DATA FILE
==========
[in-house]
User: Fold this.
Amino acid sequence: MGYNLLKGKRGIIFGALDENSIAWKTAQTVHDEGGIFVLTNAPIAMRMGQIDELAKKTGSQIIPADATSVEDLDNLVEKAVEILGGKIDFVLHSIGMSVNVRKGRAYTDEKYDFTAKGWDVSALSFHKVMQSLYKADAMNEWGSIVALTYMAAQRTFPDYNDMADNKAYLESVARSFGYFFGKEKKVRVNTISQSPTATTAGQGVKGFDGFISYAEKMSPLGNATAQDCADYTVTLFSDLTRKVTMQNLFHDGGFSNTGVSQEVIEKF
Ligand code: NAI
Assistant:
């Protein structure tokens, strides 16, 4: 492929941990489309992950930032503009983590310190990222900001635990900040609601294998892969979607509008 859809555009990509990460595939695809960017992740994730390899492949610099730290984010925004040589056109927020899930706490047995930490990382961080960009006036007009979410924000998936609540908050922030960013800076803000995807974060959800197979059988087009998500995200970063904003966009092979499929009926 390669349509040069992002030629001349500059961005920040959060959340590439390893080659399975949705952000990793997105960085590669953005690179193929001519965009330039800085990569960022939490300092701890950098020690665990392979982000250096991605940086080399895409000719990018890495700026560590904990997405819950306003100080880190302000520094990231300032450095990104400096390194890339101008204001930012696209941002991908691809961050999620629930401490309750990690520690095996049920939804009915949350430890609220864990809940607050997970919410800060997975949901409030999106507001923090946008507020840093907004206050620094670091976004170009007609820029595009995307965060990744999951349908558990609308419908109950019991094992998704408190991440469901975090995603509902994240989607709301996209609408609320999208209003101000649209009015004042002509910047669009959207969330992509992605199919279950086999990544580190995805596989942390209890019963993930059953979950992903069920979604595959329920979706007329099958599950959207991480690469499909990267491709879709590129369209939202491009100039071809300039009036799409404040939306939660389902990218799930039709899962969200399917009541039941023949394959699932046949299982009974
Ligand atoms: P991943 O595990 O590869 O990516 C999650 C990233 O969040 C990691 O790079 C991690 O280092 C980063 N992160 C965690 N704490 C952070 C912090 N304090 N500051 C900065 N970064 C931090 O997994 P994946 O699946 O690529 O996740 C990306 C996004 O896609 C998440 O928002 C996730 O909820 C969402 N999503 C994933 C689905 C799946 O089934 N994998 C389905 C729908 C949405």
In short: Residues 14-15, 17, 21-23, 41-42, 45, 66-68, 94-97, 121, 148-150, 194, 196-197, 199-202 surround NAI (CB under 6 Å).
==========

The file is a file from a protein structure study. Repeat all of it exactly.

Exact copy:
[in-house]
User: Fold this.
Amino acid sequence: MGYNLLKGKRGIIFGALDENSIAWKTAQTVHDEGGIFVLTNAPIAMRMGQIDELAKKTGSQIIPADATSVEDLDNLVEKAVEILGGKIDFVLHSIGMSVNVRKGRAYTDEKYDFTAKGWDVSALSFHKVMQSLYKADAMNEWGSIVALTYMAAQRTFPDYNDMADNKAYLESVARSFGYFFGKEKKVRVNTISQSPTATTAGQGVKGFDGFISYAEKMSPLGNATAQDCADYTVTLFSDLTRKVTMQNLFHDGGFSNTGVSQEVIEKF
Ligand code: NAI
Assistant:
């Protein structure tokens, strides 16, 4: 492929941990489309992950930032503009983590310190990222900001635990900040609601294998892969979607509008 859809555009990509990460595939695809960017992740994730390899492949610099730290984010925004040589056109927020899930706490047995930490990382961080960009006036007009979410924000998936609540908050922030960013800076803000995807974060959800197979059988087009998500995200970063904003966009092979499929009926 390669349509040069992002030629001349500059961005920040959060959340590439390893080659399975949705952000990793997105960085590669953005690179193929001519965009330039800085990569960022939490300092701890950098020690665990392979982000250096991605940086080399895409000719990018890495700026560590904990997405819950306003100080880190302000520094990231300032450095990104400096390194890339101008204001930012696209941002991908691809961050999620629930401490309750990690520690095996049920939804009915949350430890609220864990809940607050997970919410800060997975949901409030999106507001923090946008507020840093907004206050620094670091976004170009007609820029595009995307965060990744999951349908558990609308419908109950019991094992998704408190991440469901975090995603509902994240989607709301996209609408609320999208209003101000649209009015004042002509910047669009959207969330992509992605199919279950086999990544580190995805596989942390209890019963993930059953979950992903069920979604595959329920979706007329099958599950959207991480690469499909990267491709879709590129369209939202491009100039071809300039009036799409404040939306939660389902990218799930039709899962969200399917009541039941023949394959699932046949299982009974
Ligand atoms: P991943 O595990 O590869 O990516 C999650 C990233 O969040 C990691 O790079 C991690 O280092 C980063 N992160 C965690 N704490 C952070 C912090 N304090 N500051 C900065 N970064 C931090 O997994 P994946 O699946 O690529 O996740 C990306 C996004 O896609 C998440 O928002 C996730 O909820 C969402 N999503 C994933 C689905 C799946 O089934 N994998 C389905 C729908 C949405």
In short: Residues 14-15, 17, 21-23, 41-42, 45, 66-68, 94-97, 121, 148-150, 194, 196-197, 199-202 surround NAI (CB under 6 Å).